There is a very nice blog post specifically about sourcing supplies for the Jasika Blazer and she talks about interfacing and fabric sourcing. She talks about interfacing having trouble sticking to fabrics that are very smooth or if the fibers are brushed (the fabric has nothing to stick to)! I learned this in her video series after I had already cut out everything and fused it!! Haha! Also, she uses different types of interfacing for different parts of the jacket which will be so useful to know later on. I noticed she uses knit interfacing for the collar area, and this would have been wise for me because the interfacing is pulling a little funny on this part of the blazer! So……i cannot wait to take this online class!!!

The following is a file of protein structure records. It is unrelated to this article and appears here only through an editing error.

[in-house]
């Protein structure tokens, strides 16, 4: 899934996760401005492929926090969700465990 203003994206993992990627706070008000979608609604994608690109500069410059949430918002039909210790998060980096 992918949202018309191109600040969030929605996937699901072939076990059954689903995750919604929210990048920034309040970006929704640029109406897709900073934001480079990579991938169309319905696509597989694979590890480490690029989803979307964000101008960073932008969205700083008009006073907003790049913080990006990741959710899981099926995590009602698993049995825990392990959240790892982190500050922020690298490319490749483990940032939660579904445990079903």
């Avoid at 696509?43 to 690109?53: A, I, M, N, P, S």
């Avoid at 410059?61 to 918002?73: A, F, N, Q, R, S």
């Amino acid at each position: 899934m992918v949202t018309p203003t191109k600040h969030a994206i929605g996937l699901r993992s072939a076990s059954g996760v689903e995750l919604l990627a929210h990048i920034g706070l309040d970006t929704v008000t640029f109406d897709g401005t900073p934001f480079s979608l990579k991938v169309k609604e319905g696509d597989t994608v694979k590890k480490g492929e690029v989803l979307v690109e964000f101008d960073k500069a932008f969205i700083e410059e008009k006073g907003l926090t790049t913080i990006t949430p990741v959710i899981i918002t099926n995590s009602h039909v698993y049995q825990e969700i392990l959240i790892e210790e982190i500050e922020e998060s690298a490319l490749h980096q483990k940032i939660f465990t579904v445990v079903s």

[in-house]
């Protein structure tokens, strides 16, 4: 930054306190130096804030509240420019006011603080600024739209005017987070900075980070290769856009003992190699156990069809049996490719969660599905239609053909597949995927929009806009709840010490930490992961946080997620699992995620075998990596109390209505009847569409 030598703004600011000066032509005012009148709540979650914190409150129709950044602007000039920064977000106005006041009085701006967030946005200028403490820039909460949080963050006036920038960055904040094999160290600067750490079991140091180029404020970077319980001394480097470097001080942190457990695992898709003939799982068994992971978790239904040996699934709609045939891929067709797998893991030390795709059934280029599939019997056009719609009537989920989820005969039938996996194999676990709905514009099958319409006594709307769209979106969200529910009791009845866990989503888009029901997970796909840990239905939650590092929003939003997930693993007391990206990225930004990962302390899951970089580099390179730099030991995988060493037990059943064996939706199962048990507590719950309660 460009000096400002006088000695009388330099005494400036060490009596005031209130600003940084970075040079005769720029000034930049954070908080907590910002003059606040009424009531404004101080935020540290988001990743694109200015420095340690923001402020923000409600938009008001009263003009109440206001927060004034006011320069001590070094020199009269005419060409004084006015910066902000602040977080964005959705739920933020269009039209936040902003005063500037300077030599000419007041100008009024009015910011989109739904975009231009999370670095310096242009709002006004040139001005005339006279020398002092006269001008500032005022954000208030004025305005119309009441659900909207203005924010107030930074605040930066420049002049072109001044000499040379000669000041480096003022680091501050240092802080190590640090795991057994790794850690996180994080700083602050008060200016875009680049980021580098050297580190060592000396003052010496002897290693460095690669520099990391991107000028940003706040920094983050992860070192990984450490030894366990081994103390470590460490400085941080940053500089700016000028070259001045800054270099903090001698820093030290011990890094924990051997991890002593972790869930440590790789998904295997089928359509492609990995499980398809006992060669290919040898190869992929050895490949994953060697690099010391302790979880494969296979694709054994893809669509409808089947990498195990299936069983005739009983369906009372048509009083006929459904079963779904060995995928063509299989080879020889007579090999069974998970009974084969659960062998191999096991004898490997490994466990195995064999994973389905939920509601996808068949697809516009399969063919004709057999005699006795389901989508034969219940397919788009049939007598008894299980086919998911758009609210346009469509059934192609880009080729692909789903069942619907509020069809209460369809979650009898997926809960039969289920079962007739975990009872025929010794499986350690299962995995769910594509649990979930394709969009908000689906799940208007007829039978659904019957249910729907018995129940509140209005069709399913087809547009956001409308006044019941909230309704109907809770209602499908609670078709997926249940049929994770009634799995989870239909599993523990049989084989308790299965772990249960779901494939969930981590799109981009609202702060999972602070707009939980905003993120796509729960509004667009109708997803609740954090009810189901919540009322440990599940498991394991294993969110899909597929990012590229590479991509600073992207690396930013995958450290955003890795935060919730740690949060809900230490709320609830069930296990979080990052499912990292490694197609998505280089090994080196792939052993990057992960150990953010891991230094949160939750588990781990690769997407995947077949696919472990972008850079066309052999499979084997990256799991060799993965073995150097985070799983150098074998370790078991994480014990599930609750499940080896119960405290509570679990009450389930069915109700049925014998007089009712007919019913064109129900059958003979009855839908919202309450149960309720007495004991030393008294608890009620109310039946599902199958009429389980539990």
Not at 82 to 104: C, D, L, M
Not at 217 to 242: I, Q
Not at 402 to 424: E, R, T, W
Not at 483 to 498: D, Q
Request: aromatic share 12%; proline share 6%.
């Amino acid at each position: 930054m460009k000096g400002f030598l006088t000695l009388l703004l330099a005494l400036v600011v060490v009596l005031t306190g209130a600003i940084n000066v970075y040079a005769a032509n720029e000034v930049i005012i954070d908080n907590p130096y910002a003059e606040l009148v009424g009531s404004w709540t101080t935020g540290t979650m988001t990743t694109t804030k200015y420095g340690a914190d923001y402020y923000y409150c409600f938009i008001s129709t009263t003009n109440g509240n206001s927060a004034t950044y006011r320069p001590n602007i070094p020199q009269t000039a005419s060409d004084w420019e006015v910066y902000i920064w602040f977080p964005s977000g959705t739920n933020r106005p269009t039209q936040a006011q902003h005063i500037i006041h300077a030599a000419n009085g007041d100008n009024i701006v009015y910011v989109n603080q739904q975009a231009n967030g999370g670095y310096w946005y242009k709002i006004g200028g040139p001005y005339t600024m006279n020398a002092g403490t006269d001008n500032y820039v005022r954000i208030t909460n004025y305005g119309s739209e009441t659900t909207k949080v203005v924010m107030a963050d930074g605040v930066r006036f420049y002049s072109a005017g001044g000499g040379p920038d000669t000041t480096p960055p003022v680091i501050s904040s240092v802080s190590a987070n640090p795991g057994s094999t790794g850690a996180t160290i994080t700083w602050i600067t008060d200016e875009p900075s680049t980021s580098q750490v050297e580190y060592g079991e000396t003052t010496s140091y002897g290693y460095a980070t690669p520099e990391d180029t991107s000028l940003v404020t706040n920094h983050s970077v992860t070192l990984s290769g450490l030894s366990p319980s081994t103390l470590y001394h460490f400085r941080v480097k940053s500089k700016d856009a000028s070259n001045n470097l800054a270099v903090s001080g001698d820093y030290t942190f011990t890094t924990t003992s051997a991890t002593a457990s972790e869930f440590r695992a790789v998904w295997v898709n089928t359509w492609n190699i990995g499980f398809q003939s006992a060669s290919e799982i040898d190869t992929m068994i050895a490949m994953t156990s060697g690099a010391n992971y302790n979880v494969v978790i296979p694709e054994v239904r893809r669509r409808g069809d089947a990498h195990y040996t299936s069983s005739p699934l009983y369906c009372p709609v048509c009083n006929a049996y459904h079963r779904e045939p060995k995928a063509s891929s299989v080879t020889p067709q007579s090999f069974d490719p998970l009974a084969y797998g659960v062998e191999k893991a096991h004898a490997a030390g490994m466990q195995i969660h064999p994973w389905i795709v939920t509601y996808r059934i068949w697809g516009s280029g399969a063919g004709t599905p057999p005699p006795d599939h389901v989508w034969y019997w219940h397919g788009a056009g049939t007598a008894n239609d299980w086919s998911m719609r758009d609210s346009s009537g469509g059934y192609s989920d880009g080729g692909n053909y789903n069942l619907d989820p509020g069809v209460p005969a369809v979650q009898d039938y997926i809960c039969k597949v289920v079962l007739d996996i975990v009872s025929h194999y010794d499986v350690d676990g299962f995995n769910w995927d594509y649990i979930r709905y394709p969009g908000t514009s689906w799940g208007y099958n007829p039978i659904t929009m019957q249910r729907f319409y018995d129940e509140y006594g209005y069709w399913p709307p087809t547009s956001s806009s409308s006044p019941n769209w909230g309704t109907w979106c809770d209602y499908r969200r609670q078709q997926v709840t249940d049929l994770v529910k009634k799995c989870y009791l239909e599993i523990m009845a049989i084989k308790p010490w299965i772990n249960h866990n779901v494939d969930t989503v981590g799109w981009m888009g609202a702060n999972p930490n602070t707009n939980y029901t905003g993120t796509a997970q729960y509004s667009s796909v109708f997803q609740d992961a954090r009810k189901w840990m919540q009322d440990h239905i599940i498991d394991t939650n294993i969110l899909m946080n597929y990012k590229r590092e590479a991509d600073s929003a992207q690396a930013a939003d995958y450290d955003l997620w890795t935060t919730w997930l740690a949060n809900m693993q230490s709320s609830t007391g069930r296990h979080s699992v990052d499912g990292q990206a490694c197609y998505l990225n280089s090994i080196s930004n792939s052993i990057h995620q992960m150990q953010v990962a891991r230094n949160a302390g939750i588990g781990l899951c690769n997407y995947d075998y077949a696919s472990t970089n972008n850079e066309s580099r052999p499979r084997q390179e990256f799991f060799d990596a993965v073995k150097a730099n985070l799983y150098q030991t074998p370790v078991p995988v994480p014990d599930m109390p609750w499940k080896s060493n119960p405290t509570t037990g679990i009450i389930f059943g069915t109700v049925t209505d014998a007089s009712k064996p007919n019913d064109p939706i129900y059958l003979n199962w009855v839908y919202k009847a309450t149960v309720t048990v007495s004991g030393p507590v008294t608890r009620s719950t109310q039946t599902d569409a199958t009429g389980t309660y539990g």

Looking back, this fabric would have been fine if I would have either underlined it or interfaced the whole thing! I don’t love how it doesn’t look tailored. It looks more like a cardigan than I would like, but I have accepted it as not being perfect and I will still wear it! Haha oh well! Looking at the picture on the pattern instruction booklet, theirs is not super structured either and this didn't bother me when I first saw it, so I think it is alright!! I think I am just being super super picky and it is easier to see because it is a solid.

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The lining choice worked well. I loved this art gallery fabric Cotton lawn from Lamazi Fabrics. Its so gorgeous and gives the jacket a nice pop!!

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Pattern Layout: 

I have to say the instructions are very clear and it is clear where you need to interface the pieces. I basically placed interfacing on top of the pattern piece and traced the piece I needed. Then I cut this out.